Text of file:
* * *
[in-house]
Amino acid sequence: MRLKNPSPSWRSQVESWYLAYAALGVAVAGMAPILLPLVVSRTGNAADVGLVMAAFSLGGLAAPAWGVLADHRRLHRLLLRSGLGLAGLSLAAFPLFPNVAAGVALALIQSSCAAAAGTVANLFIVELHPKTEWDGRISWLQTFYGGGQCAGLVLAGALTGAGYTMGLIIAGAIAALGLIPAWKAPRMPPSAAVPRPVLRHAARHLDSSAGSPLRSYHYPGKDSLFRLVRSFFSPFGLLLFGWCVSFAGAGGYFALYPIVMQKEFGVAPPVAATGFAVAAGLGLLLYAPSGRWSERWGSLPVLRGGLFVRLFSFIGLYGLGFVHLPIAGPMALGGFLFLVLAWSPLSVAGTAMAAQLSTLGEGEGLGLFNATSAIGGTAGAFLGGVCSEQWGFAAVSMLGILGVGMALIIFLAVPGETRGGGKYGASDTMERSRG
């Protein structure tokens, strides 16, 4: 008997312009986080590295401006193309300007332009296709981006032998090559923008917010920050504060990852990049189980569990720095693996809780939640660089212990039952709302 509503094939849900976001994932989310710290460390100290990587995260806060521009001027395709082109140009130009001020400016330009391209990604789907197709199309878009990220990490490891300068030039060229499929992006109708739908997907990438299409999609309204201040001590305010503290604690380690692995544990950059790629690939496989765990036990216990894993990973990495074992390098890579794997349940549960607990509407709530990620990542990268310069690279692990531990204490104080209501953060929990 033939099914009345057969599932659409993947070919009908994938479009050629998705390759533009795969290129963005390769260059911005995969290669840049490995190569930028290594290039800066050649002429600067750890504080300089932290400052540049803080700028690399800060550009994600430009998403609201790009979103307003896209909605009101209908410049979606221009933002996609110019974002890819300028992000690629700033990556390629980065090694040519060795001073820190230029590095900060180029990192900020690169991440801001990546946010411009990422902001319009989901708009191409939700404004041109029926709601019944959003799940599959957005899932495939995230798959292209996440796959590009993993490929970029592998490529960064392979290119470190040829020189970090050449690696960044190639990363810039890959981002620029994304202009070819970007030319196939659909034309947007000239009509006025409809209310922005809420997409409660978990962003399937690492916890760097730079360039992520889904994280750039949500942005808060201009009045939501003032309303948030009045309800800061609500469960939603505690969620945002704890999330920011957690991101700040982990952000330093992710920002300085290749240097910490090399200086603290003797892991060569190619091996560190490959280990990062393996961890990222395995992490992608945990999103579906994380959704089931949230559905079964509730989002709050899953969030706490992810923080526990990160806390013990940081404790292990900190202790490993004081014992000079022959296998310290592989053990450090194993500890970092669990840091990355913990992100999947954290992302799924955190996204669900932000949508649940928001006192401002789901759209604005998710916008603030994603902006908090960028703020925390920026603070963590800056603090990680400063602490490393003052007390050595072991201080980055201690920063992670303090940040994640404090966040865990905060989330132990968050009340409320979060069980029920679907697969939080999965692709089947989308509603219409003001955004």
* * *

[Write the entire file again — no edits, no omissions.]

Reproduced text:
[in-house]
Amino acid sequence: MRLKNPSPSWRSQVESWYLAYAALGVAVAGMAPILLPLVVSRTGNAADVGLVMAAFSLGGLAAPAWGVLADHRRLHRLLLRSGLGLAGLSLAAFPLFPNVAAGVALALIQSSCAAAAGTVANLFIVELHPKTEWDGRISWLQTFYGGGQCAGLVLAGALTGAGYTMGLIIAGAIAALGLIPAWKAPRMPPSAAVPRPVLRHAARHLDSSAGSPLRSYHYPGKDSLFRLVRSFFSPFGLLLFGWCVSFAGAGGYFALYPIVMQKEFGVAPPVAATGFAVAAGLGLLLYAPSGRWSERWGSLPVLRGGLFVRLFSFIGLYGLGFVHLPIAGPMALGGFLFLVLAWSPLSVAGTAMAAQLSTLGEGEGLGLFNATSAIGGTAGAFLGGVCSEQWGFAAVSMLGILGVGMALIIFLAVPGETRGGGKYGASDTMERSRG
């Protein structure tokens, strides 16, 4: 008997312009986080590295401006193309300007332009296709981006032998090559923008917010920050504060990852990049189980569990720095693996809780939640660089212990039952709302 509503094939849900976001994932989310710290460390100290990587995260806060521009001027395709082109140009130009001020400016330009391209990604789907197709199309878009990220990490490891300068030039060229499929992006109708739908997907990438299409999609309204201040001590305010503290604690380690692995544990950059790629690939496989765990036990216990894993990973990495074992390098890579794997349940549960607990509407709530990620990542990268310069690279692990531990204490104080209501953060929990 033939099914009345057969599932659409993947070919009908994938479009050629998705390759533009795969290129963005390769260059911005995969290669840049490995190569930028290594290039800066050649002429600067750890504080300089932290400052540049803080700028690399800060550009994600430009998403609201790009979103307003896209909605009101209908410049979606221009933002996609110019974002890819300028992000690629700033990556390629980065090694040519060795001073820190230029590095900060180029990192900020690169991440801001990546946010411009990422902001319009989901708009191409939700404004041109029926709601019944959003799940599959957005899932495939995230798959292209996440796959590009993993490929970029592998490529960064392979290119470190040829020189970090050449690696960044190639990363810039890959981002620029994304202009070819970007030319196939659909034309947007000239009509006025409809209310922005809420997409409660978990962003399937690492916890760097730079360039992520889904994280750039949500942005808060201009009045939501003032309303948030009045309800800061609500469960939603505690969620945002704890999330920011957690991101700040982990952000330093992710920002300085290749240097910490090399200086603290003797892991060569190619091996560190490959280990990062393996961890990222395995992490992608945990999103579906994380959704089931949230559905079964509730989002709050899953969030706490992810923080526990990160806390013990940081404790292990900190202790490993004081014992000079022959296998310290592989053990450090194993500890970092669990840091990355913990992100999947954290992302799924955190996204669900932000949508649940928001006192401002789901759209604005998710916008603030994603902006908090960028703020925390920026603070963590800056603090990680400063602490490393003052007390050595072991201080980055201690920063992670303090940040994640404090966040865990905060989330132990968050009340409320979060069980029920679907697969939080999965692709089947989308509603219409003001955004």